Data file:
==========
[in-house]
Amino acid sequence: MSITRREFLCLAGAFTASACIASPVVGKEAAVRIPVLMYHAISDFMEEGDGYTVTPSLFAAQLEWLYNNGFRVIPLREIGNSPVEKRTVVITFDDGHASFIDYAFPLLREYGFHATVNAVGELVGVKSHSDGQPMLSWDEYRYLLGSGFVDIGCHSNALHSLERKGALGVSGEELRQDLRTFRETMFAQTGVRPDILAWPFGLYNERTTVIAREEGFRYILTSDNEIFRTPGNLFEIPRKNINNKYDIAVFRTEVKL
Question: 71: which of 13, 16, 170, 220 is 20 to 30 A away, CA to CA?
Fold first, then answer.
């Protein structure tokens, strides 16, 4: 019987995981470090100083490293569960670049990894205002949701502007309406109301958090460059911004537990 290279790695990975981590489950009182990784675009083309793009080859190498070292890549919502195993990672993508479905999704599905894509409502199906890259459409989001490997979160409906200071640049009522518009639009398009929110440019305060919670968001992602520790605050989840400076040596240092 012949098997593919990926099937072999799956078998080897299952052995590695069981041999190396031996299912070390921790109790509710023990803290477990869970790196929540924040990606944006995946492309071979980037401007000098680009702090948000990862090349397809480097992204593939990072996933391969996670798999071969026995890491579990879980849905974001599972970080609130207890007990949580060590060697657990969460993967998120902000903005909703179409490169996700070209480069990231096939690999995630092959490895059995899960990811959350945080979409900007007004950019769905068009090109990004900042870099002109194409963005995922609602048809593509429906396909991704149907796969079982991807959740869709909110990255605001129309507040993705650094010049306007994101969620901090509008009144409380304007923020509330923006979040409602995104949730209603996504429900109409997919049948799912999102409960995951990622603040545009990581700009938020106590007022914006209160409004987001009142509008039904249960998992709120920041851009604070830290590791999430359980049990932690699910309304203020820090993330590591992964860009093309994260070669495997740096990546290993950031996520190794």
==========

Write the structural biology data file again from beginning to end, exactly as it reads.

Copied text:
[in-house]
Amino acid sequence: MSITRREFLCLAGAFTASACIASPVVGKEAAVRIPVLMYHAISDFMEEGDGYTVTPSLFAAQLEWLYNNGFRVIPLREIGNSPVEKRTVVITFDDGHASFIDYAFPLLREYGFHATVNAVGELVGVKSHSDGQPMLSWDEYRYLLGSGFVDIGCHSNALHSLERKGALGVSGEELRQDLRTFRETMFAQTGVRPDILAWPFGLYNERTTVIAREEGFRYILTSDNEIFRTPGNLFEIPRKNINNKYDIAVFRTEVKL
Question: 71: which of 13, 16, 170, 220 is 20 to 30 A away, CA to CA?
Fold first, then answer.
């Protein structure tokens, strides 16, 4: 019987995981470090100083490293569960670049990894205002949701502007309406109301958090460059911004537990 290279790695990975981590489950009182990784675009083309793009080859190498070292890549919502195993990672993508479905999704599905894509409502199906890259459409989001490997979160409906200071640049009522518009639009398009929110440019305060919670968001992602520790605050989840400076040596240092 012949098997593919990926099937072999799956078998080897299952052995590695069981041999190396031996299912070390921790109790509710023990803290477990869970790196929540924040990606944006995946492309071979980037401007000098680009702090948000990862090349397809480097992204593939990072996933391969996670798999071969026995890491579990879980849905974001599972970080609130207890007990949580060590060697657990969460993967998120902000903005909703179409490169996700070209480069990231096939690999995630092959490895059995899960990811959350945080979409900007007004950019769905068009090109990004900042870099002109194409963005995922609602048809593509429906396909991704149907796969079982991807959740869709909110990255605001129309507040993705650094010049306007994101969620901090509008009144409380304007923020509330923006979040409602995104949730209603996504429900109409997919049948799912999102409960995951990622603040545009990581700009938020106590007022914006209160409004987001009142509008039904249960998992709120920041851009604070830290590791999430359980049990932690699910309304203020820090993330590591992964860009093309994260070669495997740096990546290993950031996520190794």